Arts Desk

Weekend Picks: Fall Fringe

Acoustic punk Ed Hamell.

While it may cause vision-blurring cognititive dissonance just to think about anything related to the Captial Fringe Festival while comfortably wearing long pants (or maybe I'm just projecting), Fall Fringe, the seven-year-old DIY theater bacchanal's cool-weather cousin, is upon us. The second of its three weekends kicks off tonight. The majority of the shows on offer are reprised from the summer festival. Here are a few of this weekend's offerings that we can recommend on the basis of having written about them back in July on our Fringe & Purge blog. All shows are at the Fort Fringe complex at 607 New York Ave. NW, as is the new indoor bar. In chronological order:

Tent of Dreams: An Occuplay (tonight, 6:30 p.m., 60 min.): This original piece of thoughtful agitprop from Nu Sass Productions chronicles the various constituencies comprising the Occupy movement. It was written by Emily Crockett, a Campus Progress staff writer who covered Occupy Wall Street in Zuccotti Park last year, then continued to follow the story as D.C.'s own Occupy protest began; the play was rehearsed during the "sleepful protests" in McPherson Square last April. Nu Sass took the show to New York City in September to recognize the anniversary of the Occupy protests. Read my story on Capital Fringe's Occupy shows here; listen to a podcast featuring Nu Sass's Emily Todd and Aubri O'Connor here. Or just buy tickets.

The Brontes (8 p.m. tonight and on Thurs.-Sat. nights throughout Fall Fringe, 90 min.): This latest offering from CapFringe stalwarts Dizzy Miss Lizzie's Roadside review was enough of a hit last summer that shows were added to the schedule to keep up with demand. Writing about it for Fringe & Purge, Brett Abelman found this literary-bio-as-rock-'n'-roll-tent-revival to be superbly entertaining, if not especially insightful or provocative, praising its creators as "alchemical rock n’ roll magic geniuses." Tickets.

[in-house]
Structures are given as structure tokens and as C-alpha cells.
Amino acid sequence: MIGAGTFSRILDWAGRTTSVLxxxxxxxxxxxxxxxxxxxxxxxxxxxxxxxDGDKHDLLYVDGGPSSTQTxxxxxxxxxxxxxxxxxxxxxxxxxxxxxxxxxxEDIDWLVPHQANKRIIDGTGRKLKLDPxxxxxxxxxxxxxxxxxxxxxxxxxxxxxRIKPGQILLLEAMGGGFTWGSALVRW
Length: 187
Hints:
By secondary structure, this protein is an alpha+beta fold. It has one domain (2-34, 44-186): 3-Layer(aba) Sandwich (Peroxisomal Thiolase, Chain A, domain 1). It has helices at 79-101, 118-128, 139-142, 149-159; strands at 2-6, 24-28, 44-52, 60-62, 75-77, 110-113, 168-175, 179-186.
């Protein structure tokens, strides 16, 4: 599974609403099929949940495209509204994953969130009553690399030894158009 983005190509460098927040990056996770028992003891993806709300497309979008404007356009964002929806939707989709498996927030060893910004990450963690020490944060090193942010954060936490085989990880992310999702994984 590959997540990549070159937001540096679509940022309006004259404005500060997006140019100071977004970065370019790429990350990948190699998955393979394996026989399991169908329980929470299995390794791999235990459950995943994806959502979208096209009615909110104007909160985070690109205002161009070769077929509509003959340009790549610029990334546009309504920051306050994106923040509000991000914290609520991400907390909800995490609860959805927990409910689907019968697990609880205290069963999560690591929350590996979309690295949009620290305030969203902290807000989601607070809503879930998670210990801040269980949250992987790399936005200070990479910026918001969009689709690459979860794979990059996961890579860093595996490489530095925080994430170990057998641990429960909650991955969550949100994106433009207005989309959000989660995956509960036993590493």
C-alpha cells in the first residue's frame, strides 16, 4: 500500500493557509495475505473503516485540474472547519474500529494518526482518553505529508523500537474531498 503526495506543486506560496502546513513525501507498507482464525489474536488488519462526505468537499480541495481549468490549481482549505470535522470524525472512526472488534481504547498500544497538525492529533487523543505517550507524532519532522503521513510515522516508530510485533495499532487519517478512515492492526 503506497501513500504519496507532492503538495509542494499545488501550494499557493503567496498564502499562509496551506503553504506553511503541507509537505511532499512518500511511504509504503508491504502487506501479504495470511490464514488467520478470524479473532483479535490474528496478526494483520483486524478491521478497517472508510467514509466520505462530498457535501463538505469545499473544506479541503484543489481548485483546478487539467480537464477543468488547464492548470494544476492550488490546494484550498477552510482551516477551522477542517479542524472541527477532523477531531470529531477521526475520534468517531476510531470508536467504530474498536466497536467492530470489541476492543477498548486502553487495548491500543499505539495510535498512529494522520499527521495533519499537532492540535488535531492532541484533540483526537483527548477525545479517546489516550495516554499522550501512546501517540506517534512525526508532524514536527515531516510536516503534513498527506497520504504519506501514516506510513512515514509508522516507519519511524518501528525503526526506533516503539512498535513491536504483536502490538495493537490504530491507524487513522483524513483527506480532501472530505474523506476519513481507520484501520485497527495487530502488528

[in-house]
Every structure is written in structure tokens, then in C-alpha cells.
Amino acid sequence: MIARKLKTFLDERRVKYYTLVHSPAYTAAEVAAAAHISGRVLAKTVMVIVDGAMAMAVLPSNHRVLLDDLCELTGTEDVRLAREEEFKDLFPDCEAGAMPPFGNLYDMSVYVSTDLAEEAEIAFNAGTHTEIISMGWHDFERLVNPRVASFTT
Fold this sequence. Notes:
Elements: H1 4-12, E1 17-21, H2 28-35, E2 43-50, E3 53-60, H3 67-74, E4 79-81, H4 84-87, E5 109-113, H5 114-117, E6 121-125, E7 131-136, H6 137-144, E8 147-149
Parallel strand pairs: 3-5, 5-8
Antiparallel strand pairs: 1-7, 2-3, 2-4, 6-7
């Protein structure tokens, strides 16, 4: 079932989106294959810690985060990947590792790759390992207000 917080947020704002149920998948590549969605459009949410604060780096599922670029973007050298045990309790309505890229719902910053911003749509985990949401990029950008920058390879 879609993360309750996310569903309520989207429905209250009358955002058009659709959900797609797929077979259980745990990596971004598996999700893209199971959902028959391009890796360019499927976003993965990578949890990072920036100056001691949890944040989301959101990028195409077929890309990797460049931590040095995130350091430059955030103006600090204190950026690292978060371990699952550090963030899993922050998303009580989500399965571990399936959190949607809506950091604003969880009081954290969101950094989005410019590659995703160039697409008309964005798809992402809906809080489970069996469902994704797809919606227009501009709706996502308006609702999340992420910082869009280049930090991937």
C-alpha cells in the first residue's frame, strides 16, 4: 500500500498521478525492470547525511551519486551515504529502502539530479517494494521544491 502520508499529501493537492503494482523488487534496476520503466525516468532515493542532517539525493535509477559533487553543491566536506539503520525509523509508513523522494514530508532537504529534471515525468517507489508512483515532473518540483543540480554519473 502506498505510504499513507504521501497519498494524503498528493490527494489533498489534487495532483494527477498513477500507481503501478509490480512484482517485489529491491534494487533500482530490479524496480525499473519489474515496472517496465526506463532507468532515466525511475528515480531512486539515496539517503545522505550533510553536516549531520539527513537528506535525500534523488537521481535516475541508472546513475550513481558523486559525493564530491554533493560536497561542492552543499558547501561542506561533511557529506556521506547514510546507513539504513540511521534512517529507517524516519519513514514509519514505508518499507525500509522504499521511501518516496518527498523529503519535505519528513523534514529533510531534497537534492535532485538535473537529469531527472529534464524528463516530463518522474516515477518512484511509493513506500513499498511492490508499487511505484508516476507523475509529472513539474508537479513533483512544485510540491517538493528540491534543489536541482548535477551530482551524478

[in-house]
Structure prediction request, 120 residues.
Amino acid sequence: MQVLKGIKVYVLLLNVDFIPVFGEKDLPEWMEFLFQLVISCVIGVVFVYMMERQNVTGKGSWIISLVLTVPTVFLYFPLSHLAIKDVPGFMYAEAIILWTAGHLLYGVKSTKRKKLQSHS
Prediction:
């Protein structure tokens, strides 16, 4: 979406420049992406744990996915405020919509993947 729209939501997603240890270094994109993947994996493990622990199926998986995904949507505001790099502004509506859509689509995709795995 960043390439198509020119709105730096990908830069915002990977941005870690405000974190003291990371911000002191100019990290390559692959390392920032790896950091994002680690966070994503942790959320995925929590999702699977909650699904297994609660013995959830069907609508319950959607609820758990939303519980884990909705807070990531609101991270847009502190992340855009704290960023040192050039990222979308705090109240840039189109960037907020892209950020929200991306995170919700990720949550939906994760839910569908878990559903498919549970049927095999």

R.U.X.: Rockwell's Universal seXbots (tomorrow 6:30 p.m.; complete times/dates here, 85 min.):  This sci-fi comedy from playwright Maurice Martin was one of my favorite shows at CapFringe this summer. Martin and director Sun King Davis have restored a scene that was cut for time from its run last July, so now there's even more of Aubri O'Connor's performance as a brilliant artificial intelligence researcher who gets a little too close to one of her creations for you to enjoy. Tickets.

Eddie's Bar (Friday, 10:45 p.m., Saturday, 7 p.m., Nov. 15 at 11 p.m., 60 min.): High-volume rock-and-raconteur Ed Hamell wasn't in the summer festival this year, but this new show promises more of his trademark socially conscious "acoustic punk." I profiled Hamell in 2010, when his This Is Your Brain on Rock and Roll was part of the Capital Fringe lineup. Tickets.

Colony (Sunday, 1 p.m.; complete schedule here, 50 min.): Fringe & Purge blogger Rachel Manteuffel—by her own admission, not a connoisseur of The Dance—found Melissa Krodman and Kelly Bond's fourth-wall-ignoring dance show to be visceral and thought-provoking. Tickets.

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  • http://shows.capfringe.org/shows/3618-The-Battle-of-Fort-Fringe.html Graham Pilato

    Huzzah for Fall Fringe getting notice!

    I also invite anyone who read the above to also consider seeing/playing/fighting "The Battle of Fort Fringe", Borealis Theatre's offering at Fall Fringe. It is an interactive Dadaist happening with marvelously talented, hilarious performers, produced by makers of "The Fringiest Show at the Fringe" (City Paper, summer, 2012).

    We have two more performances: Friday Nov. 9th, at 9 pm, and Saturday Nov. 10th, at 3:30 pm.

    Rock on.

    Thanks!

    Graham Pilato (a huge fan of the Fringe theatre aesthetic, warts and all, but also a man glad to encourage anyone to get out to really worthy art... For that matter, see "Delusions of Grandeur" and "Medieval Storyland" if you can!)

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